Prague is undoubtedly one of the most beautiful cities in Europe. The narrow streets open onto buzzing squares which are home to buildings waiting for you to explore. The city's cultural scene offers a wide range of activities catering to every type of visitor. We've put together a guide for your first trip to Prague. Enjoy!
Like most European capitals, Prague’s public transport is cheap, practical and relatively easy to use.
Hailing a taxi in Prague is simple. More so because there are many of them waiting. However, as with any taxi service, proceed with caution. If you call a taxi, always agree on the final price before getting in the car.
You can purchase a ticket at any metro and most tram stations, directly from bus drivers, selected newsagents, or via SMS or via the official mobile app. Fares are paid in time increments: 24 CZK = 30-minute ticket, 32 CZK = 90-minute ticket, 110 CZK = 24-hour ticket, and 310 CZK = 72-hour ticket.
Dining out in Prague is comparatively cheap in relation to its neighbouring cities. First things first, note that you can't visit Prague and not try Trdelnik. The sweet treat is made from rolled dough that is wrapped around a stick, baked in an open oven, and topped with a sugar and walnut mix. Across the city, each shop has its own unique twist. ⠀⠀⠀⠀⠀⠀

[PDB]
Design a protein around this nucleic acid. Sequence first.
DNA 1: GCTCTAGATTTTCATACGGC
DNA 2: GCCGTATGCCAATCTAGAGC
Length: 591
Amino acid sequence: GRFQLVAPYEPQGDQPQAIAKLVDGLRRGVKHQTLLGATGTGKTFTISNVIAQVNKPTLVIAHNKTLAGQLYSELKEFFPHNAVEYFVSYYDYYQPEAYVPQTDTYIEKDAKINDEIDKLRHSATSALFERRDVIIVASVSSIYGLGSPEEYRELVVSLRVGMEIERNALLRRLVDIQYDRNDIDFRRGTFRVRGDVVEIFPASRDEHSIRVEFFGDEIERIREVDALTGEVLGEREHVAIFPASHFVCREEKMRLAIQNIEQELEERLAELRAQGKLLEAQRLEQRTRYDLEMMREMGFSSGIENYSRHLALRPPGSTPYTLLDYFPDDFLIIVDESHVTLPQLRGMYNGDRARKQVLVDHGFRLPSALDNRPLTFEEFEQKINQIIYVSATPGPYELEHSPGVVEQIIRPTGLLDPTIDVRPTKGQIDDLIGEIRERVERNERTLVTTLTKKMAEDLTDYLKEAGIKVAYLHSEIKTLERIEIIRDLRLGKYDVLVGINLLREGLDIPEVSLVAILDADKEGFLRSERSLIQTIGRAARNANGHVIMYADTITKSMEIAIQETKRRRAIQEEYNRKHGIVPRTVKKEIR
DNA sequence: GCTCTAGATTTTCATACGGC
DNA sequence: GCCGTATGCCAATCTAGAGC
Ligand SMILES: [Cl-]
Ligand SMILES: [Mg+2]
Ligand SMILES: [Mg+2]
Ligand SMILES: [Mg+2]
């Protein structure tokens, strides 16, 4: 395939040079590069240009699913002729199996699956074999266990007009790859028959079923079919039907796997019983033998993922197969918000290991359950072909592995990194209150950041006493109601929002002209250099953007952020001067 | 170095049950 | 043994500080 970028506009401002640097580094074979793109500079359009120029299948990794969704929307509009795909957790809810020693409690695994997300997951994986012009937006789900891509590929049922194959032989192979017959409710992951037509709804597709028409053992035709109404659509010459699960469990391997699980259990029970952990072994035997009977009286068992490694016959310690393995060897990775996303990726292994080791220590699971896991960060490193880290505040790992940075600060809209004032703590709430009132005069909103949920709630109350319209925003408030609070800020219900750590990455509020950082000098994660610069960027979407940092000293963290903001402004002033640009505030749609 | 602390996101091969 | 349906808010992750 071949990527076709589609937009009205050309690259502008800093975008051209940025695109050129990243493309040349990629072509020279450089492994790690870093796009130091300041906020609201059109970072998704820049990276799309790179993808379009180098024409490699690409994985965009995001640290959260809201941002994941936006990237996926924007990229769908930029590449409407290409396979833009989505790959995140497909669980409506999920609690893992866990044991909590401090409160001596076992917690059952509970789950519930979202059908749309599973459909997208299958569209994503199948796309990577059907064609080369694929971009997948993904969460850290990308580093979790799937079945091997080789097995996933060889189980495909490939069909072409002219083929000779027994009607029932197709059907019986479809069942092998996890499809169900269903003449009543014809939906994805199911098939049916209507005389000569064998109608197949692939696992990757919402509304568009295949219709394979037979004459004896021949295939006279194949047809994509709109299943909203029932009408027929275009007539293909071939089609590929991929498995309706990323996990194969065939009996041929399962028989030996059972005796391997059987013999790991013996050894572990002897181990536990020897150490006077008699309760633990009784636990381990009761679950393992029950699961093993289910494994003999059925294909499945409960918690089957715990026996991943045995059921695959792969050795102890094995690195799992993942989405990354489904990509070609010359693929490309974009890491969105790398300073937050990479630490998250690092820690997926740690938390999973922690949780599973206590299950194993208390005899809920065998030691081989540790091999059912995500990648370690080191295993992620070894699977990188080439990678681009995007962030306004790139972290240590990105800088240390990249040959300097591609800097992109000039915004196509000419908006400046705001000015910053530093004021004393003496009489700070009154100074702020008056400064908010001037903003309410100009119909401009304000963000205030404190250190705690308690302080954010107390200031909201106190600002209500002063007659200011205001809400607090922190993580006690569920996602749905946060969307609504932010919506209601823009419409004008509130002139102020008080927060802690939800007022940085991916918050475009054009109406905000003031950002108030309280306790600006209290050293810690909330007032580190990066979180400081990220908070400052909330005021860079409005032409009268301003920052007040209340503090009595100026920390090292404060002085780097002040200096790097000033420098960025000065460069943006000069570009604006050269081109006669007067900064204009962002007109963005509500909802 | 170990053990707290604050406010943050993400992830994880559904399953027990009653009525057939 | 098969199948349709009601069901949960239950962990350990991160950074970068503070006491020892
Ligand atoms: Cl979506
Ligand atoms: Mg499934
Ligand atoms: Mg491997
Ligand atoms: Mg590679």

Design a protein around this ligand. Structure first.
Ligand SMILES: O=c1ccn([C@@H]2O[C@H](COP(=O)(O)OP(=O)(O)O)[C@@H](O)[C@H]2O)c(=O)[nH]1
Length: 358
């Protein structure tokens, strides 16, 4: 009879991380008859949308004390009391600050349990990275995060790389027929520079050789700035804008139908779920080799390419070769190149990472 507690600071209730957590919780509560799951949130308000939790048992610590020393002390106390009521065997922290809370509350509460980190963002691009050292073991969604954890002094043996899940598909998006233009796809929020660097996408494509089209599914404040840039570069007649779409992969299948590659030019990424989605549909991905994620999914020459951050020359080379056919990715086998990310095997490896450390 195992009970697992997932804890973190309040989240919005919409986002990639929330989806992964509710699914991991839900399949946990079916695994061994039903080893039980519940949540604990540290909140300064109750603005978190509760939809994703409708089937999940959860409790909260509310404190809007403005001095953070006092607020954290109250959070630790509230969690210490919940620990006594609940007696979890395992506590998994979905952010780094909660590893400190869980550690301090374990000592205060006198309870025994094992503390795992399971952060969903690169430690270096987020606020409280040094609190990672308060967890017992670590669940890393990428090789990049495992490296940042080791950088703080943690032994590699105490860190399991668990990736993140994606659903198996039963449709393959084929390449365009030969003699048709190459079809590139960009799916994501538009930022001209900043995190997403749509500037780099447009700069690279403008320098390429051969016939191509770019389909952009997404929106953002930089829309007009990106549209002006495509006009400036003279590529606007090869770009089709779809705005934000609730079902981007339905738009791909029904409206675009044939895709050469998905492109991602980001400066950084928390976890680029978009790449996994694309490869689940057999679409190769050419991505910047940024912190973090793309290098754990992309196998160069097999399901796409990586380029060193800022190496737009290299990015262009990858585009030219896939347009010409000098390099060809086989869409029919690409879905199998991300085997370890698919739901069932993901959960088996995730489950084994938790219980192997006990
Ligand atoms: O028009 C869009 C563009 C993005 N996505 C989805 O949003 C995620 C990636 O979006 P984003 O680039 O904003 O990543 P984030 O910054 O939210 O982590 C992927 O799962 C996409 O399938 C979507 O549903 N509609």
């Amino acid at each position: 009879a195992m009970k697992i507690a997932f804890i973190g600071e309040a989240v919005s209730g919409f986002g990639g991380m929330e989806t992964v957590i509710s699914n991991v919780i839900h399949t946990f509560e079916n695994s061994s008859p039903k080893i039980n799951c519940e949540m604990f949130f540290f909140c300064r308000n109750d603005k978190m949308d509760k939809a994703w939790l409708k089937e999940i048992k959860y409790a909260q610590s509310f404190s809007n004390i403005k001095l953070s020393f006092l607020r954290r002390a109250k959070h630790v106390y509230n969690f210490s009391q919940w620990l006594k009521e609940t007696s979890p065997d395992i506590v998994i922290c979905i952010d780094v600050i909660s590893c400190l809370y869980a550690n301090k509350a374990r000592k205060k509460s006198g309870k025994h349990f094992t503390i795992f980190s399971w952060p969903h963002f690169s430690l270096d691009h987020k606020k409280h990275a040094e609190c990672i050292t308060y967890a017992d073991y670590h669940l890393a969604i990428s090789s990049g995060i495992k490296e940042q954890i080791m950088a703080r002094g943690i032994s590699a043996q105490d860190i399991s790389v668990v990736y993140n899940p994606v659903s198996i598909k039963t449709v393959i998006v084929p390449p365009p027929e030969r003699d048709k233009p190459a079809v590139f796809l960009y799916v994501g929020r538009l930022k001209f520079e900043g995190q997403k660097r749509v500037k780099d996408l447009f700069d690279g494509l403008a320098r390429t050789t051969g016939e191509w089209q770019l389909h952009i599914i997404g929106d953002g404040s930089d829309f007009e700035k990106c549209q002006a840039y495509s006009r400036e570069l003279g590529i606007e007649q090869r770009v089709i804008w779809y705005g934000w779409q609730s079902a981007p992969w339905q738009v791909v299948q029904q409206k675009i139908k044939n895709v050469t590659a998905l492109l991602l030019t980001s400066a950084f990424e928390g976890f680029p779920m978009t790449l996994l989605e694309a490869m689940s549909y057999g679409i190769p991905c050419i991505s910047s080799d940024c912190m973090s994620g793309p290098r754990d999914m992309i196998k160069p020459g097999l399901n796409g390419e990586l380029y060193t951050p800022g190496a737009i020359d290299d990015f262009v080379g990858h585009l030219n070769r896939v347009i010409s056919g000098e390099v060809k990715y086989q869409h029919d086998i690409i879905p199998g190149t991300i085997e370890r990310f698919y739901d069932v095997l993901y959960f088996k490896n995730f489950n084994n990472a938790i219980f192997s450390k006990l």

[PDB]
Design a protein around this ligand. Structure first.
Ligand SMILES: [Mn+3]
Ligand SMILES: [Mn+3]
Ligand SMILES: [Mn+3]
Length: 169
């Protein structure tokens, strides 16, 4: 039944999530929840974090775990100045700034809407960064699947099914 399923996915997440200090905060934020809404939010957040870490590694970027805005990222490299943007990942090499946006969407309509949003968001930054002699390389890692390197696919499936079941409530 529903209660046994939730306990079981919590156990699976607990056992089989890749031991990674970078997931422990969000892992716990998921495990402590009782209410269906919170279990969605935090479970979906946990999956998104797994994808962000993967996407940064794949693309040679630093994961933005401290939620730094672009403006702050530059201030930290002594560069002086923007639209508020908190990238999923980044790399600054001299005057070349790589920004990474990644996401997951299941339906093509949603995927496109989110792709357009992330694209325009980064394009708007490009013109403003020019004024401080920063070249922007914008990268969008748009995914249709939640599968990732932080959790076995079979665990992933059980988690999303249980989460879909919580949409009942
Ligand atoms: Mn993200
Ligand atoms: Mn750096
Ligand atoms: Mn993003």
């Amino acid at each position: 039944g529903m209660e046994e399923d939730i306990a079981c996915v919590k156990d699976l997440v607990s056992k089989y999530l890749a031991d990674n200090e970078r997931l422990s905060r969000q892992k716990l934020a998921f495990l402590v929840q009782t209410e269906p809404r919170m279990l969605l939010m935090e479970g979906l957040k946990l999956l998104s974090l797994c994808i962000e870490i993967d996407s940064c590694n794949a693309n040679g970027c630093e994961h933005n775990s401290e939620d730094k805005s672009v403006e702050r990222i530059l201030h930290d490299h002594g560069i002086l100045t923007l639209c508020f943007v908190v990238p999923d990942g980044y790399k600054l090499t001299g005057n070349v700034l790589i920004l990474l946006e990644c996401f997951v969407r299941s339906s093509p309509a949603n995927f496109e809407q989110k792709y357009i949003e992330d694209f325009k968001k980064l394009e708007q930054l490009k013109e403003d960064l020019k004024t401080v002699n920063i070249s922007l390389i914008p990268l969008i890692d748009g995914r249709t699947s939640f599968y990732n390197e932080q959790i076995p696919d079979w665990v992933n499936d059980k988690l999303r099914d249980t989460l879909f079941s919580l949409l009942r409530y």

Located in the most famous historical part of Prague, Malá Strana. Pivo & Basilico offers traditional Czech cuisine made in traditional methods to guarantee authentic and high-quality taste.
This place is at the forefront of Prague's high-quality, locally sourced meat options. The menu offers everything from steak tartare to hamburgers and handmade sausages. Expect to queue at lunchtime, it's that good.
One of the best ways to explore Prague is with this free 3-hour walking tour. With a local expert, you will visit must-see spots such as the Rudolfinum, the old Jewish Quarter and the Astronomical Clock. The tour starts daily at 10am, 11am, 12pm, 2pm, and 4pm in front of the Cartier store in the Old Town Square and finishes at Jan Palach Square.
Charles Bridge is Prague’s oldest bridge that connects the Old Town and Malá Strana. A trip to the city is not complete without a stroll across the longstanding piece of history.
First and foremost, be prepared to see a lot and do a lot of walking. Professionally, it's the official home of the President of the Czech Republic. And for obvious reasons, it's become a popular tourist spot.
Prague’s famous Astronomical Clock, known as the Orloj, has on the hour since 1410. Part of the Old Town Hall Tower, the clock can be heard chiming between 9 am and 11 pm at every hour on the dot.
Located in Lucerna Palace (one of Prague’s largest nightclubs) it boasts one of the largest dance floors in the city. Lucerna also serves as a concert, hosting some very big names.
The word in the streets is to expect a massive line of eager partygoers. Have you ever been to a nightclub with an elevator? well, this five-floor super club claims to be the biggest music club in Central Europe. We recommend you head up (or down) to its ice bar too!